By Renee Maltezou and James Mackenzie
BRUSSELS/ATHENS (Reuters) - Greek Prime Minister Alexis Tsipras is set to begin a bruising week by clearing out party rebels opposed to an austerity package that will have to go through parliament within days, people close to the government say.
With Greece's future in the euro zone in the balance and European partners demanding immediate action to rebuild broken trust and prove his commitment to reform, the 40-year-old leftist prime minister cannot afford to wait.
To convince creditors to start talks on a third multibillion euro bailout package, Greece will have to pass laws by Wednesday night to cut spending, toughen value added tax, overhaul pension systems, change bankruptcy rules and advance privatisations.
However a mini-rebellion of lawmakers on Friday laid bare tensions in the ruling Syriza party. The revolt saw 17 deputies from the government benches withhold support in a vote to authorise bailout negotiations, leaving Tsipras reliant on opposition parties to pass the measure.
Dealing with the consequences of that revolt will provide a clear signal of how determined Tsipras will be in pushing through the reforms European partners are demanding.
Whether cooperation with opposition parties leads to a full-scale national unity government, with seats in the cabinet is still unclear but the change has left the future of the radical leftwing government in doubt. The government has 162 seats in the 300 seat parliament.
Among the most prominent rebels, Energy Minister Panagiotis Lafazanis, leader of the so-called "Left Platform" within Syriza and Deputy Labour Minister Dimitris Stratoulis, a former unionist and a fierce opponent of pension cuts, are expected to be sacked, people close to the government say.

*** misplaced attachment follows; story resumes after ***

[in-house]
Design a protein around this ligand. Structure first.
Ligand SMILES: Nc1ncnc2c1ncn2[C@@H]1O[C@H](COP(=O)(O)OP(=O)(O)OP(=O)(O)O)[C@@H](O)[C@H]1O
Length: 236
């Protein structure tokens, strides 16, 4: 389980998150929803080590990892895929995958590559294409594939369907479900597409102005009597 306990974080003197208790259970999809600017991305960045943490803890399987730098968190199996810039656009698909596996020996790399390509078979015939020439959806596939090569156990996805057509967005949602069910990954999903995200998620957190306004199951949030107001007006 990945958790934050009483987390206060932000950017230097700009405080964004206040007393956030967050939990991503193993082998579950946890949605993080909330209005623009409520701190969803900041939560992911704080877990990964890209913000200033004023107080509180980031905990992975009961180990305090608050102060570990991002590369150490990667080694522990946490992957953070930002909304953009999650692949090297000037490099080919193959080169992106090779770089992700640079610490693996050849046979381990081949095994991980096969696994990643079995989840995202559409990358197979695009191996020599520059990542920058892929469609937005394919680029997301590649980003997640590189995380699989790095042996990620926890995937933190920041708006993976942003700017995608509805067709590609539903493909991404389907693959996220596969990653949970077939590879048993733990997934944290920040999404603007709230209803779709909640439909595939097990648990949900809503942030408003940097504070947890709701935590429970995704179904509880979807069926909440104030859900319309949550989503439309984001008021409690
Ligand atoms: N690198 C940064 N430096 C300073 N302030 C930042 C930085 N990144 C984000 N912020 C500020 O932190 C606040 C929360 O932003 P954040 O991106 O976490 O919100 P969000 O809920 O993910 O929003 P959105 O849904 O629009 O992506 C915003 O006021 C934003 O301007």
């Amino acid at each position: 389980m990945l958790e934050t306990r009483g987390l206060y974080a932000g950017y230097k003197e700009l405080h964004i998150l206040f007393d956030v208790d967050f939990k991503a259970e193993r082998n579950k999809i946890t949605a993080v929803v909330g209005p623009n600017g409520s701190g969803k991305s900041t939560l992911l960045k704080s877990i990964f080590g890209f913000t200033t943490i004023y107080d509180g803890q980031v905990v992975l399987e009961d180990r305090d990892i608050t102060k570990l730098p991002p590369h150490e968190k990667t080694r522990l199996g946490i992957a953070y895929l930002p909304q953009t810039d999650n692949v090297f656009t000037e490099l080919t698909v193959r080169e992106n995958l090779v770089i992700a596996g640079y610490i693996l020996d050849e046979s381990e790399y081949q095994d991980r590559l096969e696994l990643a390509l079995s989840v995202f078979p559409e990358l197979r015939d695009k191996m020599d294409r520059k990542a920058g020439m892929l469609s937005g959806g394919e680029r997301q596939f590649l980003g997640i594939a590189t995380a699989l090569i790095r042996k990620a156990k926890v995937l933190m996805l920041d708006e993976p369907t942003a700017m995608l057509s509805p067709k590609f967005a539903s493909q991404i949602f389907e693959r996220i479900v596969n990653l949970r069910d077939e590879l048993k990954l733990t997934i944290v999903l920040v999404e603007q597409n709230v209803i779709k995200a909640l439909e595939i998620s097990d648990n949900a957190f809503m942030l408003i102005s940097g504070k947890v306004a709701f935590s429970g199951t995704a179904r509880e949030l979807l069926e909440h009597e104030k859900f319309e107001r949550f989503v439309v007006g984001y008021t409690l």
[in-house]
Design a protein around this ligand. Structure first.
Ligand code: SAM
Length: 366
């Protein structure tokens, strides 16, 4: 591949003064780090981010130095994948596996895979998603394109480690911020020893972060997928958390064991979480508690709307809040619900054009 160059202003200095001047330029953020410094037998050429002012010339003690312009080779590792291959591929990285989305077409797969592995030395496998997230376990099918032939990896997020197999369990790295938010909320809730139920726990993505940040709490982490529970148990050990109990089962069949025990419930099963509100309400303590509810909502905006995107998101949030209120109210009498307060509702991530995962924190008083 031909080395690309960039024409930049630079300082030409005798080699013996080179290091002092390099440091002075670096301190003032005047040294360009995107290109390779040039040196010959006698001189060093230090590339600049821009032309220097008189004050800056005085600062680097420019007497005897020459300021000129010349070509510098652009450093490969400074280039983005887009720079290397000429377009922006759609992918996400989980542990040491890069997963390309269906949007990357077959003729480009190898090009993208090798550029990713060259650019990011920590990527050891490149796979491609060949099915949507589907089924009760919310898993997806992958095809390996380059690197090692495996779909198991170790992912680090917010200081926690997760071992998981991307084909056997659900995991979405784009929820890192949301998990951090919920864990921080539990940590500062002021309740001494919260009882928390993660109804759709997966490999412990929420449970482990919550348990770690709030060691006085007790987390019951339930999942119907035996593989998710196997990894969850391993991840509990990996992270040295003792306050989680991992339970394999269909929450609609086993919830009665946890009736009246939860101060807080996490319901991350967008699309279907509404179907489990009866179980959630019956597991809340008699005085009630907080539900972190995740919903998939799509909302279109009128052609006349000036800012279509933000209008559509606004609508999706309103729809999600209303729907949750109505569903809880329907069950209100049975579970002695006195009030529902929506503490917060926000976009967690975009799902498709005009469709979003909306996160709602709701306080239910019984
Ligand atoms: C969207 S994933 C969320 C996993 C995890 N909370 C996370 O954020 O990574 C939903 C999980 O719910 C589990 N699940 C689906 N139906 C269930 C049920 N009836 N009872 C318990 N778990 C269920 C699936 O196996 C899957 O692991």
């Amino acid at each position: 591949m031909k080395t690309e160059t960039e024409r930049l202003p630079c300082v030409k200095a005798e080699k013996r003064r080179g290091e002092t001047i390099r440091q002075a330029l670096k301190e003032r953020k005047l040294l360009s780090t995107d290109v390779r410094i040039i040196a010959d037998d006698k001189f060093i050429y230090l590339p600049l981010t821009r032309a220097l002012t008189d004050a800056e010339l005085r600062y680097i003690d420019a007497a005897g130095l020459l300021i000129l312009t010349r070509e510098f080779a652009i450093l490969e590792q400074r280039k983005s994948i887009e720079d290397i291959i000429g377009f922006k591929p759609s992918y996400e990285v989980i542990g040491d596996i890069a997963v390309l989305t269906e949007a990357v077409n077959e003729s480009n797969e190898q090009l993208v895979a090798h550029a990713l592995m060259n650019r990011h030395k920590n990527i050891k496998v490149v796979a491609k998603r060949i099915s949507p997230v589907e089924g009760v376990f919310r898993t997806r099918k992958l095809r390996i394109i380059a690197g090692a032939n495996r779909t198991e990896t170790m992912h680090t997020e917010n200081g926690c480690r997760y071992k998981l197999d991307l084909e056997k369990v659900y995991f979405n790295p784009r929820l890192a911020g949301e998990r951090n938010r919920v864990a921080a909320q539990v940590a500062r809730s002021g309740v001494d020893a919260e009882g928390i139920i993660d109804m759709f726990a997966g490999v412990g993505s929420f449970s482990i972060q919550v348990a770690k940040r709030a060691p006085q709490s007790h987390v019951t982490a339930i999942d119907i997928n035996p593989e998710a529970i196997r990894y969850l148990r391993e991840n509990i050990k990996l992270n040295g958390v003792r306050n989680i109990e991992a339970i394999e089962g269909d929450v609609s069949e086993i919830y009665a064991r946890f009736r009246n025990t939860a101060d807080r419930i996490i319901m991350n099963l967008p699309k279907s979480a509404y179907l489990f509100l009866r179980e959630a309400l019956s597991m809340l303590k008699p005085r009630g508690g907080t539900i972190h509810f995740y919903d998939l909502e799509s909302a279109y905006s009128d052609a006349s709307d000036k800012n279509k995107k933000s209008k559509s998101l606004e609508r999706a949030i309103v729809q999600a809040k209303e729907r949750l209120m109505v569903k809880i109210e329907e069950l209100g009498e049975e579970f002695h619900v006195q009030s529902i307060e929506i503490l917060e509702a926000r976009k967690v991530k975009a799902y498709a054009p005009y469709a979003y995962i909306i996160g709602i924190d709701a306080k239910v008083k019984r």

The uncompromising speaker of parliament, Zoe Constantopoulou, who also defied Tsipras and abstained from the vote, would require a no confidence vote to be replaced but the other rebels would be expected to resign their seats, the same people say.
Under a Syriza party agreement, deputies are supposed to resign their seats if they publicly disagree with government policy although there is nothing to stop them refusing to stand down and holding on to their seats as independents.
Terence Quick, a member of the rightwing Independent Greeks, the junior coalition partner in the government, said that any deputies who voted against the government should resign.
"I don't think abstaining or being absent shows you are responsible or honourable in these particular circumstances. You either go in and say a forceful no and you leave or you say 'Yes' and you continue to fight," he said.
Clearing out the leftwingers still defending the anti-bailout platform on which Syriza won power in January would underline how seriously the situation has worsened for Greece in the past six months.
With the financial system on the brink of collapse and shuttered banks running short of cash, the six-year Greek crisis has escalated dangerously, forcing Tsipras to change course only a week after voters resoundingly rejected a milder package of bailout terms in a referendum.
There are also questions about how stable any such government would prove, given the deep ideological differences between Syriza and the centre-right New Democracy or Socialist Pasok parties.
Opinion polls suggest that Syriza remains by far the strongest party and the most likely winner of any new election, suggesting that any reshuffle may simply be the prelude to a deeper change later.
The Syriza party newspaper Avgi said that if Tsipras is not to become a "hostage", changes would have to be made.
"That raises the issue clearly of reshaping the government, of the government's majority, which leads to elections very soon," it said in an editorial on Sunday.
(Additional reporting by Costas Pitas; editing by Janet McBride)